(Pocket-lint) – Samsung’s flagship Galaxy S series line-up for 2022 delivers three different phone sizes: the smaller 6.1-inch S22 model, the mammoth 6.8-inch and curved screen of the S22 Ultra (complete with integrated S Pen stylus) and the flat-panel 6.6-inch S22+. Given this Plus model’s place in the trio, it might well sit in the ideal sweet spot for many people.

Much like we said about the smaller S22, the S22 Plus is all about subtle refinement, moderately shrinking the handset’s screen size and overall scale compared to its S21+ predecessor, while tweaking the camera arrangement, too.

Do those changes help this mid-positioned flagship stand out from the other two S22 models in the trio and, indeed, the recent release of the S21 Fan Edition model? Or does it feel as though the S series has plateaued and has little new to offer in the way of killer features?



  • IP68 dust/weather resistance
  • Under display fingerprint scanner
  • 75.8 x 157.7 x 7.6mm; 196g
  • Colours: Phantom Black, White, Green, Pink Gold

Sometimes you have to go back to go forwards. After a spate of handsets expanding their scales and bending their screen edges to greater extremes, the Galaxy S22+ shuns that way of thinking. That’s because this Plus model is actually a little ‘minus’ compared to its S21+ predecessor, shrinking the screen size from 6.7- to 6.6-inches.

That panel size – and the fact it’s a flat screen here, as the corners and edges don’t bend around the phone to try and look all fancy for no real reason (like the S22 Ultra) – ought to give the Plus model immediate appeal to those who want a sensible balance of scale.

Moreso than the panel size’s reduction, however, is squashing of the physical dimensions by a few millimetres here and there compared to the S21+. That has resulted in a squeeze on the S22+’s battery capacity, though, which is reduced by just over 6 per cent overall. That’s not really the general trend of smartphones, and, while the hardware is increasingly efficient year on year, demands are only on the increase when it comes to the battery.


Otherwise, in terms of design, you could look at the S22+ and assume it was the S21+, albeit a whisker smaller. However, that doesn’t mean the same plastic rear as before – it’s glass this time around right across the range. There’s recycled plastic inside, while an aluminium frame make-up the core, all dressed up in an attractive style, which is available in four colour options (the black photographed here, perhaps the least interesting of the lot). We do think the colours, which are altogether less bling, make the camera unit appear even better integrated, too.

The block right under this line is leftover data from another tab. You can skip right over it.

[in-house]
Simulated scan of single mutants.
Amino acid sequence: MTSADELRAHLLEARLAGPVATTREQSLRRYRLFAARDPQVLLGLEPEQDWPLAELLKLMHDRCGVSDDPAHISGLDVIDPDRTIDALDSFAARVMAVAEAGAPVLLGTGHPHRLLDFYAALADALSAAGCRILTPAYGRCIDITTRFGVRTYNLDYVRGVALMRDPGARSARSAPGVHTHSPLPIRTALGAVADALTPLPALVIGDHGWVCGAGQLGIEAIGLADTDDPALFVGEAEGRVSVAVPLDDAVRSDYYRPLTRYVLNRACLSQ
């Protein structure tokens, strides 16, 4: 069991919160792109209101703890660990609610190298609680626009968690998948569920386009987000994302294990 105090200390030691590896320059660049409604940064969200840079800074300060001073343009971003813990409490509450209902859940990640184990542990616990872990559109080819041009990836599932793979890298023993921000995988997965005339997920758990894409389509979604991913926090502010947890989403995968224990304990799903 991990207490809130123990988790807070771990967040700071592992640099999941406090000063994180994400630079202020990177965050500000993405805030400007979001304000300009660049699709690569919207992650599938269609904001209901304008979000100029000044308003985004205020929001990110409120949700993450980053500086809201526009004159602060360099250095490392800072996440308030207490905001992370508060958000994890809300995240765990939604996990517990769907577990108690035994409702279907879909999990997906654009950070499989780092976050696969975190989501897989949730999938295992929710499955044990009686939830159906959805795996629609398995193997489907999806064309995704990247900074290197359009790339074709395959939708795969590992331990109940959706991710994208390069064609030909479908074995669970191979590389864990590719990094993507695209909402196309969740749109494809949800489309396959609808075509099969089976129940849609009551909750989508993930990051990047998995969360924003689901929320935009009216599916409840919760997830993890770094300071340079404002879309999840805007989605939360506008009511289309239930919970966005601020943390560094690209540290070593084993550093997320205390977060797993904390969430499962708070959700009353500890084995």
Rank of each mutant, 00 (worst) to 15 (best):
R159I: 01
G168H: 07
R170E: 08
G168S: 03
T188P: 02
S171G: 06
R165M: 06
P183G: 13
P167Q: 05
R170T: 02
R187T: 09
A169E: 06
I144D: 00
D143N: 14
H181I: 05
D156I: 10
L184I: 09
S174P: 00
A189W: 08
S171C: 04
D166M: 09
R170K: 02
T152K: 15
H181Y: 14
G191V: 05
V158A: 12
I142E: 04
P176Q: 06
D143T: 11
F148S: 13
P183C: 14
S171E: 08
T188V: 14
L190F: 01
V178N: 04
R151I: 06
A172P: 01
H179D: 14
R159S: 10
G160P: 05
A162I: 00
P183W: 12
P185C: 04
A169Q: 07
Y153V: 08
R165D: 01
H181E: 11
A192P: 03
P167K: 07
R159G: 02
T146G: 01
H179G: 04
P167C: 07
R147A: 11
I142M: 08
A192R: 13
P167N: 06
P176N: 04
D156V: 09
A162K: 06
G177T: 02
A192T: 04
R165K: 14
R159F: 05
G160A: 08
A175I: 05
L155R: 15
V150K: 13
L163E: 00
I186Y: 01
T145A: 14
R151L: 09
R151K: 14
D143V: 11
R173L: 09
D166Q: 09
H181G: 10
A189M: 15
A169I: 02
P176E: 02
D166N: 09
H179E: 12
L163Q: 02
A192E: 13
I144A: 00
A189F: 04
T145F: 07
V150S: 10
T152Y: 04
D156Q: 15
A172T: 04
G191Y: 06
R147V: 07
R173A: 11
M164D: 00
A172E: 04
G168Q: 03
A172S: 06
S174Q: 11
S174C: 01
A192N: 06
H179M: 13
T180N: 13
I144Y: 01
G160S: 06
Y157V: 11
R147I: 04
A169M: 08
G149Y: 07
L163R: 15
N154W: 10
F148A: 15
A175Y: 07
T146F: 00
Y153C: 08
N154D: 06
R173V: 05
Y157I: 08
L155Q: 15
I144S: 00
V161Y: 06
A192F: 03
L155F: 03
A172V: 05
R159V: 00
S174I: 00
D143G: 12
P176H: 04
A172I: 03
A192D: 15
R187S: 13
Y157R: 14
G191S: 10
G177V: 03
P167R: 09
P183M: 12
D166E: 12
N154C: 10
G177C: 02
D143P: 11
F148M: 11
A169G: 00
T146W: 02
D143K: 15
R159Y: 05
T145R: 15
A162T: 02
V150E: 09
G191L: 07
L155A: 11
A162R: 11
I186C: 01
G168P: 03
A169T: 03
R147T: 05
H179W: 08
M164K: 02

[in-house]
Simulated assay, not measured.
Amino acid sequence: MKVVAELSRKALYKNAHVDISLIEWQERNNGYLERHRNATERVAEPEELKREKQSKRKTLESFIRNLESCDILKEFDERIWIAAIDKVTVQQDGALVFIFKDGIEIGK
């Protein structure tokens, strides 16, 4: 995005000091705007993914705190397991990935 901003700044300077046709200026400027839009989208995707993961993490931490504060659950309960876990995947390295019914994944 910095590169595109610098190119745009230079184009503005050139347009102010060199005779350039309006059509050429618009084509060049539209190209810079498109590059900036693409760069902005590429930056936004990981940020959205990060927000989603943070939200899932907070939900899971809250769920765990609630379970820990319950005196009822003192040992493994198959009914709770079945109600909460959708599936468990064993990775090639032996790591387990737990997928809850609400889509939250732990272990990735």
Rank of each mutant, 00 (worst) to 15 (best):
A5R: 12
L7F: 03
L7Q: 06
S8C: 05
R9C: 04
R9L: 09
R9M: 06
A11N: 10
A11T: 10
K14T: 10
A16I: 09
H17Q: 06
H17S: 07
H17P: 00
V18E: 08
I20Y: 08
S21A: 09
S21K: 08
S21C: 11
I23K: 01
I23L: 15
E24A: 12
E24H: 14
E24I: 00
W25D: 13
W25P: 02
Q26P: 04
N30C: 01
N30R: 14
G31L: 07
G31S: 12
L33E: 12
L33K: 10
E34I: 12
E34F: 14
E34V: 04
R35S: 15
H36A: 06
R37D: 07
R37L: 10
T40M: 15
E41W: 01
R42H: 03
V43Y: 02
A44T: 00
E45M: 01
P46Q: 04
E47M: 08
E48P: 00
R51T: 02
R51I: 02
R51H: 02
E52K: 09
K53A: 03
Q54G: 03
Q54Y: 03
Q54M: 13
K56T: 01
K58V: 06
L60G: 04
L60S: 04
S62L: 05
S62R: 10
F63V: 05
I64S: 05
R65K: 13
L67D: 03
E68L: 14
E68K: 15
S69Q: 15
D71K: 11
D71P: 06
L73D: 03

There’s quite an edge around it due to the flat nature of the screen, we’d say, and some might find it a little less comfortable than gripping something with curved edges. That being true, if you’re using a case, you’ll likely never notice that subtle difference.


  • 6.6-inch Dynamic AMOLED 2X panel
  • 2340 x 1080 pixels, 390ppi
  • 120Hz refresh rate (adaptive)

We’ve handled all manner of phones over the years, with manufacturers experimenting with aspect ratios, curved edges, and differing scales. The Galaxy S22+ seems like a voice of reason in among all that testing and experimentation over the years: it’s like a handset that says, “Hey, this just works”, delivering a flat panel, fast refresh rate, and a scale that’s large but manageable in one hand without needing an overly long aspect ratio to counter for anything.

Pocket-lintSamsung Galaxy S22 Plus review photo 3

That said, the Galaxy S21 FE hasn’t long been available, offering a 6.4-inch panel – so if you’re after something a tad smaller, without venturing down to the base S22 scale, then there could be appeal there, as well. It does beg the question as to why Samsung has so many S series handsets, especially when the Fan Edition model arrives so late it almost overlaps with the next-gen release proper. Anyway, the choice is there, and choice can be a good thing.

If you’re looking for bigger still, then we wouldn’t rule out the S22 Ultra’s appeal, which, at 6.8-inches, is even larger, but it is a curved edge panel and thus feels really different to hold. Flat seems largely on-trend, as curved displays can cause issues with accidental touch, contrast and colour fall-off towards those extremities – all things to consider when choosing your next phone.